by Scott Jurek & Jenny Jurek

Scott Jurek is a name notorious with Ultra running and someone I had never hear of. I found his book on the shelf of my local book store after hearing it mentioned on a podcast a few days before. I sat down with my coffee to see if I could get through the first few pages and couldn’t put it down. I highly recommend this book for those going with a significant other as the perspective from the narration switching between Scott and his wife, Jenny, is priceless. They overcame devastating heartbreak right before starting this crazy journey and show again the power of healing on the trail as long as you don’t kill each other in the process. The characters introduced will all come back in the next book I recommend and even if you have never heard of them or have followed their journeys for years, they are the voices you will begin to hear on those early mornings when it is just too cold to get out of your sleeping bag or the evening where you are trying to convince yourself that the next mile can wait till tomorrow.



The Pursuit of Endurance: Harnessing the Record-Breaking Power of Strength and Resilience

By Jennifer Pharr Davis

This was the book of all books for me. It is where all of the characters I had been reading about came together, where the names of those briefly mentioned became whole, and where I realized there is no one way to do a hike like this. Jennifer Pharr Davis weaves the story of a handful who have completed these trails, sometimes more times than you can count, and shares them with us in a way that will make you laugh till you pee your pants and cry as your relate to the raw honest pain of life. Her own experience as an elite athlete who has set numerous FKTs, a business owner, and a mother comes through in her writing making each story approachable while never diminishing the accomplishments achieved by those who shared their stories with her.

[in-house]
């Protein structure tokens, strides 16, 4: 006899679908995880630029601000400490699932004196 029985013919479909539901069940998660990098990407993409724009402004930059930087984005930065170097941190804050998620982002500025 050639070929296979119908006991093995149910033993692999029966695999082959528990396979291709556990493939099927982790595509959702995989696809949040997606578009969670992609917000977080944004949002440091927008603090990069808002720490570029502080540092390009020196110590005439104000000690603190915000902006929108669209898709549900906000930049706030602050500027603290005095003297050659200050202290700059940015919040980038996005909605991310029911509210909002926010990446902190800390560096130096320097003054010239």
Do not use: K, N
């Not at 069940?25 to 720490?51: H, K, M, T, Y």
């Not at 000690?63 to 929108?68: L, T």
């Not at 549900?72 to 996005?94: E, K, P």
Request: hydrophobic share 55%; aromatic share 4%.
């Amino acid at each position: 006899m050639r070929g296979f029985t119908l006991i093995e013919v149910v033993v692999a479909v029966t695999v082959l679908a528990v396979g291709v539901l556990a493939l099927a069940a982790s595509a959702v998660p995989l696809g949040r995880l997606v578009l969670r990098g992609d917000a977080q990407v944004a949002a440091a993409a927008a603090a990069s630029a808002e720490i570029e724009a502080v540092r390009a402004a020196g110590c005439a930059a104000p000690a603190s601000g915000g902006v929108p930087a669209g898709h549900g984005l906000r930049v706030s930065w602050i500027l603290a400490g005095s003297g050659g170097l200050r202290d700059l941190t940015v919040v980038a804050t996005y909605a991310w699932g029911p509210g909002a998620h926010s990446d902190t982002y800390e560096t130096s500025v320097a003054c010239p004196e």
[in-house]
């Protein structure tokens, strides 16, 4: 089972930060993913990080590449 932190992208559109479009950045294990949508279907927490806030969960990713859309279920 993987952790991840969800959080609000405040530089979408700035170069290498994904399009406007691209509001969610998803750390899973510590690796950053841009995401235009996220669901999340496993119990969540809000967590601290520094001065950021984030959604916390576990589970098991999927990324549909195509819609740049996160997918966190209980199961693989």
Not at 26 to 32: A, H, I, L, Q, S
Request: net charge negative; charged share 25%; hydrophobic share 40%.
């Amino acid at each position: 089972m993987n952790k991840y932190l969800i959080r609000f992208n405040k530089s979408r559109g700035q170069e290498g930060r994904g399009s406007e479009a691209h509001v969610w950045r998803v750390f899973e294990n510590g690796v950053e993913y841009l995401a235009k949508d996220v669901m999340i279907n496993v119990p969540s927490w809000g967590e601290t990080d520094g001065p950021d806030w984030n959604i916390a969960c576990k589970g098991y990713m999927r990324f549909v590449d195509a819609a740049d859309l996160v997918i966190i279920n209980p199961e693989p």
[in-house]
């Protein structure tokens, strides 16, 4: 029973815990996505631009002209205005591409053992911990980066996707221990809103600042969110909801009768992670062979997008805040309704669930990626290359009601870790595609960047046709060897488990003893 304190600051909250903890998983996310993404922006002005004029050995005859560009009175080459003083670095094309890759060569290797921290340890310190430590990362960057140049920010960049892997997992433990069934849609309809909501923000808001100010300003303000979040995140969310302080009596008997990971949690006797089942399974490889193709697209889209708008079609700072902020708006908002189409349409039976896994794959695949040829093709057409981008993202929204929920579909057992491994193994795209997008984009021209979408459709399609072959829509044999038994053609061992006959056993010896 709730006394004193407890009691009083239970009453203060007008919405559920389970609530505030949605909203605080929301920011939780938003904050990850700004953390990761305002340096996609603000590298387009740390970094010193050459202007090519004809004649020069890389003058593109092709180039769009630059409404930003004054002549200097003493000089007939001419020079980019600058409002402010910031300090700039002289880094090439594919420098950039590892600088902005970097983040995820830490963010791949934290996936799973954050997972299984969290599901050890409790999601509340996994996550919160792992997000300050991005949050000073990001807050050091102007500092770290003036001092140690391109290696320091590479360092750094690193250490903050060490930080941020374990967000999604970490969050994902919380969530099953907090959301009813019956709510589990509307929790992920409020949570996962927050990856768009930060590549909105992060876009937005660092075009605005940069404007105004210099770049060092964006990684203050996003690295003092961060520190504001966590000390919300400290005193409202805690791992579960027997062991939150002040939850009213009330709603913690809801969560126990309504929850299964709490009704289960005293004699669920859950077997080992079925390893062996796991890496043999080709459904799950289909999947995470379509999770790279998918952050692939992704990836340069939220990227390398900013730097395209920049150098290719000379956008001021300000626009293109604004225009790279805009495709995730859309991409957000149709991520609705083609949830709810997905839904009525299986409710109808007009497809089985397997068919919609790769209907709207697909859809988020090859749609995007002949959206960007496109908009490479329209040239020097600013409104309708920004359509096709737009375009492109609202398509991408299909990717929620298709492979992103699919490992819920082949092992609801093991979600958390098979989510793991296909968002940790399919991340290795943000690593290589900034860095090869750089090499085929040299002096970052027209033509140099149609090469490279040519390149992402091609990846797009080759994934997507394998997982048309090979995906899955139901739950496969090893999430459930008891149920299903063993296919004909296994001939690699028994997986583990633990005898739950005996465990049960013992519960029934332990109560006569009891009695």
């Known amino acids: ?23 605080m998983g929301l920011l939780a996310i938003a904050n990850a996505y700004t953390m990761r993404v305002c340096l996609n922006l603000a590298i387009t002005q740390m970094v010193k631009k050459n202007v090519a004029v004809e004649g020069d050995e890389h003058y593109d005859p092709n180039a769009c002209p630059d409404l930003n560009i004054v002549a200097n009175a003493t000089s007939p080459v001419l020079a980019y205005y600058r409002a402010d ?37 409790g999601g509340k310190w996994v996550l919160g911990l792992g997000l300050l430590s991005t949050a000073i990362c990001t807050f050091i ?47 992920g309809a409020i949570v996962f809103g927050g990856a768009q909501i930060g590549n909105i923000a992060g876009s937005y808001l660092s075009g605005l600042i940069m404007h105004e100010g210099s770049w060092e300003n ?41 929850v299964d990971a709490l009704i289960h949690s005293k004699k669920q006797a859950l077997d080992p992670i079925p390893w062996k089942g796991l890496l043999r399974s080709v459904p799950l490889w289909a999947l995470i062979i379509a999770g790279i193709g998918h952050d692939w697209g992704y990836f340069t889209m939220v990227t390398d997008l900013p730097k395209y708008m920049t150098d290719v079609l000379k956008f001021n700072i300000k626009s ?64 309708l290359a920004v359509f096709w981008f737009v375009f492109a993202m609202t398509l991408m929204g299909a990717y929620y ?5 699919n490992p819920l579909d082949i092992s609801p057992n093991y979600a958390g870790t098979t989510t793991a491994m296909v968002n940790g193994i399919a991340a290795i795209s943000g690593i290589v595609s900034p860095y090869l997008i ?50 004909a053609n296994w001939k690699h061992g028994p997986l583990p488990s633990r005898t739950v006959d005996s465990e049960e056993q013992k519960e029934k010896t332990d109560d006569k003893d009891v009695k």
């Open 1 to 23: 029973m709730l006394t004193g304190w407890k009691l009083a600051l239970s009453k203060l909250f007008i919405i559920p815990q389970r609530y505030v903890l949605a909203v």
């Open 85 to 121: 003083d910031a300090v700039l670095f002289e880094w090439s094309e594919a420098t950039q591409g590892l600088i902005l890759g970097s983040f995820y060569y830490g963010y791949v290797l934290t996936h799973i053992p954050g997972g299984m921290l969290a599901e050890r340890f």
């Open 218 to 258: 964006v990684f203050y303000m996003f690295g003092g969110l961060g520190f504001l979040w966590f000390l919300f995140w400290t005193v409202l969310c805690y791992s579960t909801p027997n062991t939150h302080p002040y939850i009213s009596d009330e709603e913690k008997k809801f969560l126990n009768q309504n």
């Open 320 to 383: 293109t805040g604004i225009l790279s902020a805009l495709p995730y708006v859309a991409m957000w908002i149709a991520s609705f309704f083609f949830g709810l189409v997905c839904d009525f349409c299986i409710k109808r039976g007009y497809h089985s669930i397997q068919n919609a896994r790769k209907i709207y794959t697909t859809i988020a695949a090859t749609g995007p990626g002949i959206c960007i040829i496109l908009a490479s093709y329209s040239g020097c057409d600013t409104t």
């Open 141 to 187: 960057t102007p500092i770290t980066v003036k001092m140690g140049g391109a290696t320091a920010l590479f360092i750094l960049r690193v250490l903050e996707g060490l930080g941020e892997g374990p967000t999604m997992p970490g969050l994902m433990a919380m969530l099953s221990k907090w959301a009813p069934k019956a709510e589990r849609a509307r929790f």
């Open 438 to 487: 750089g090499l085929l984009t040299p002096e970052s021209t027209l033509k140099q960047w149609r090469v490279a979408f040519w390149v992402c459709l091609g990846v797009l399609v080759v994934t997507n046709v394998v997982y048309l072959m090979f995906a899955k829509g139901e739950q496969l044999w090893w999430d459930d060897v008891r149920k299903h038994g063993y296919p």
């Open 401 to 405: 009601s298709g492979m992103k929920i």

Pacific Crest Trials: A Psychological and Emotional Guide to Successfully Thru-Hiking the Pacific Crest Trail

by Zach Davis & Carly Moree

This is a classic and many on the AT will know its counterpart. Zach Davis has become The Trek and brought to you podcast like Backpacker Radio. His writing is complimented by Carly Moore who translates Appalachian Trails to the PCT and gives you a mental arsenal to take on the trail. I personally found this book a little closer to a text book and both my husband and I struggled through the middle. You will hear this book mentioned on forums and out on the trail repeatedly and it is credited for many having the ability to get through mental struggles both while on and after the trail. Is it required reading – nah… but it is usefully and relevant.




Ultralight Backpackin’ Tips: 153 Amazing & Inexpensive Tips For Extremely Lightweight Camping

by Mike Clelland